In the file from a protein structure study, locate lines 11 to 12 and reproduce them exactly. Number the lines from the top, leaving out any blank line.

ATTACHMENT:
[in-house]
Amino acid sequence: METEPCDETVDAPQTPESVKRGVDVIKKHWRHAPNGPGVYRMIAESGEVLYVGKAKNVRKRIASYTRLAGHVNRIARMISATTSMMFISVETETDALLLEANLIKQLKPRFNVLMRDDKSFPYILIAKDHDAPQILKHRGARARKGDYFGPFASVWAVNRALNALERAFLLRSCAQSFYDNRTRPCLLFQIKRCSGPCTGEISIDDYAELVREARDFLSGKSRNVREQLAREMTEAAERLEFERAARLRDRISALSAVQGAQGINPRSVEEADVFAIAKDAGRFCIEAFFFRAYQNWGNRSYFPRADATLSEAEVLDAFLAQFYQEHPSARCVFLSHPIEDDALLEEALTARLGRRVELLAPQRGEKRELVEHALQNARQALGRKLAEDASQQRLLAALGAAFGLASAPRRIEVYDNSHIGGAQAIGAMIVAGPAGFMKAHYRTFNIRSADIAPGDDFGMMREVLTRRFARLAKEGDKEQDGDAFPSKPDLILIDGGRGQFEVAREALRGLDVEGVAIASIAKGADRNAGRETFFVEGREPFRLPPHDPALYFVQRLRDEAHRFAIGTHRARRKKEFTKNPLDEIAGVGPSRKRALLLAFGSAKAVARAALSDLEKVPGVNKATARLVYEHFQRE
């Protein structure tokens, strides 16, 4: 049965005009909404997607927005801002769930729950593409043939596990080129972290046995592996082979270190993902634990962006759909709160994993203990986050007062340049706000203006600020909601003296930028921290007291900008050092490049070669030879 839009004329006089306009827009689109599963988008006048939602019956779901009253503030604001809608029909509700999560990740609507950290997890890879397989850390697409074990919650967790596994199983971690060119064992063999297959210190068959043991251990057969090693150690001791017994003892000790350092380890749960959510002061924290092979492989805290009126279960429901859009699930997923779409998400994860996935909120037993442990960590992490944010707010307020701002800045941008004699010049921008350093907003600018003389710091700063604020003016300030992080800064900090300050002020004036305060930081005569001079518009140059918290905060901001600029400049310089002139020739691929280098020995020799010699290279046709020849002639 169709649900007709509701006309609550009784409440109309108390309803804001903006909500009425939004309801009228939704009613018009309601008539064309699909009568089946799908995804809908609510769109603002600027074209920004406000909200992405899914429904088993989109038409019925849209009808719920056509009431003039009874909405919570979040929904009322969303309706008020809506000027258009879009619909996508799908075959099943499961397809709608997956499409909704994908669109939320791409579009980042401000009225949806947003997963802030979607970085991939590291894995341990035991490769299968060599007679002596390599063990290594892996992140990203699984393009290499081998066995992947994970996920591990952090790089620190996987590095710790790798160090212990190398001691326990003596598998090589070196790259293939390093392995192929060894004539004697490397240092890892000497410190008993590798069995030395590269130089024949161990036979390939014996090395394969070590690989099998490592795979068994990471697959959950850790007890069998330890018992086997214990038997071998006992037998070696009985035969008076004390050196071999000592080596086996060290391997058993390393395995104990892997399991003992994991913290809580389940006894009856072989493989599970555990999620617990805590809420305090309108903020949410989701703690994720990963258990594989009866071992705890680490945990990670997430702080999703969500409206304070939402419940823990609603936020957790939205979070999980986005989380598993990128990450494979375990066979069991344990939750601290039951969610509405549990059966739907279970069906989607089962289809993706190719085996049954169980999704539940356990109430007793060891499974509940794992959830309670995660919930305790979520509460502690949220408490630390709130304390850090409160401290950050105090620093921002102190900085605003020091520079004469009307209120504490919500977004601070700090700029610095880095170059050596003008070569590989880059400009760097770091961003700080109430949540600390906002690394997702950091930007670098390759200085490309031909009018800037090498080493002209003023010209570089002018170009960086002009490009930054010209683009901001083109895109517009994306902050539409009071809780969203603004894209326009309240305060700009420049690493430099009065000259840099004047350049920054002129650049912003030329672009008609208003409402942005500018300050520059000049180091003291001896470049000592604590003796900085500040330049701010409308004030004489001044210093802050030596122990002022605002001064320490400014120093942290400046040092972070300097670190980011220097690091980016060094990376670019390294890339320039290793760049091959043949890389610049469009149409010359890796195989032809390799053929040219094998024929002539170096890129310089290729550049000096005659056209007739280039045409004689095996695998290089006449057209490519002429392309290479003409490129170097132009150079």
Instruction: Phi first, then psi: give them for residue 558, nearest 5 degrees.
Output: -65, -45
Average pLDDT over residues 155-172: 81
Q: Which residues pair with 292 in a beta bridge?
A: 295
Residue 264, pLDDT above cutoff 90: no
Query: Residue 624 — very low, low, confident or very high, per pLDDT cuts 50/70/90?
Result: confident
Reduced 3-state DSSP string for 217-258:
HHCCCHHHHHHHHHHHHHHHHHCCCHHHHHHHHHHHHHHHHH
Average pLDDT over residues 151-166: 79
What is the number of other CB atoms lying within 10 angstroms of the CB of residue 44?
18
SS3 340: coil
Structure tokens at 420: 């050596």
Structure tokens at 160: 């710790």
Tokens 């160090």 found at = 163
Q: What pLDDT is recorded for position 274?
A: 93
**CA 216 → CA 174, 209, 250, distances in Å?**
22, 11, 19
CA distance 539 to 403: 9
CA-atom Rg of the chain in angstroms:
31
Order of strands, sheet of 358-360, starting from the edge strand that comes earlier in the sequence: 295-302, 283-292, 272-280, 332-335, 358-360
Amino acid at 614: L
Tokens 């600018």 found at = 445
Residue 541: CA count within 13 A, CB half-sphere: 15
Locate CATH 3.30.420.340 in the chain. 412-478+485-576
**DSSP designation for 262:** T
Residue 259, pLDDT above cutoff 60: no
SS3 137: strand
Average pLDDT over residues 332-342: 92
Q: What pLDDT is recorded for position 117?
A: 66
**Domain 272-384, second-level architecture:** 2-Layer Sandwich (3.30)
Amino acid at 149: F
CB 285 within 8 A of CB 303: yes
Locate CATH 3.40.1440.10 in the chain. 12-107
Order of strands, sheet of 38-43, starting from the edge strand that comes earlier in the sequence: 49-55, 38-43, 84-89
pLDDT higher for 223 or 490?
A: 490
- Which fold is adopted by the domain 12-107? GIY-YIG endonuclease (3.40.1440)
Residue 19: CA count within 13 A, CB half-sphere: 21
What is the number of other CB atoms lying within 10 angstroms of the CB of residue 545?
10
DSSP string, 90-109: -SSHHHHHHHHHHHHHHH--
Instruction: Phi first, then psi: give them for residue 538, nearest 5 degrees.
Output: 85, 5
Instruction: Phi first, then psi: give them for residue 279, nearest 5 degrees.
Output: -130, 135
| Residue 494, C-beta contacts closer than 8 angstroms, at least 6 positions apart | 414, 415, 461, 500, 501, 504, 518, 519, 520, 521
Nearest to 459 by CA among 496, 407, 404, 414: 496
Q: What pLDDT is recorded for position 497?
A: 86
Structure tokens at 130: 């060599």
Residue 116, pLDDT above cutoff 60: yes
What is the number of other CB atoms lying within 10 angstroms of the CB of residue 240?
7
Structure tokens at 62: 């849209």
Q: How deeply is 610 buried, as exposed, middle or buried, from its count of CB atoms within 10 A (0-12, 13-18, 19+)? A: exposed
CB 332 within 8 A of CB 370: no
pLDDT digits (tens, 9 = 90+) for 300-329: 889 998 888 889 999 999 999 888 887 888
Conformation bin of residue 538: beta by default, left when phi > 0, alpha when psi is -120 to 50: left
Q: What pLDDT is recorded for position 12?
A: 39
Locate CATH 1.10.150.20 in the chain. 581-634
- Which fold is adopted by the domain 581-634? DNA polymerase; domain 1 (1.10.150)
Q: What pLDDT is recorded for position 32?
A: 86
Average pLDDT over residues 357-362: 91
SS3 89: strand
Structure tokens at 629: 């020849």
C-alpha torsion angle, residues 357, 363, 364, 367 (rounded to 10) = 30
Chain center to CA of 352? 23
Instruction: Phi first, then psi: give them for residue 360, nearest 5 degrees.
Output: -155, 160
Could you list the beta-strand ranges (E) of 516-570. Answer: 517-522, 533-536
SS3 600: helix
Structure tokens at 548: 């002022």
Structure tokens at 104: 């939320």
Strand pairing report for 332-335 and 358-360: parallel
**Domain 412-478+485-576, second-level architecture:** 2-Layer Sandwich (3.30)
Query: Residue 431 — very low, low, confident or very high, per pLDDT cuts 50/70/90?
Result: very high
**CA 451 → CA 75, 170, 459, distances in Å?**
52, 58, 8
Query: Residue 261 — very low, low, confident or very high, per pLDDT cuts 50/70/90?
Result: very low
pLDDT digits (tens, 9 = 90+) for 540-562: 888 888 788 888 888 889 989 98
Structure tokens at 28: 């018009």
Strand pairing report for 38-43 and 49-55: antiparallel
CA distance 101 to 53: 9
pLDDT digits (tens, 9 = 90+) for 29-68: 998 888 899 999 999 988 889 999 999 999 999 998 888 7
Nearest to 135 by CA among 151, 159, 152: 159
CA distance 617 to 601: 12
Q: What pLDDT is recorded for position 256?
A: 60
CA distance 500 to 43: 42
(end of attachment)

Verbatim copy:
Result: confident
Reduced 3-state DSSP string for 217-258: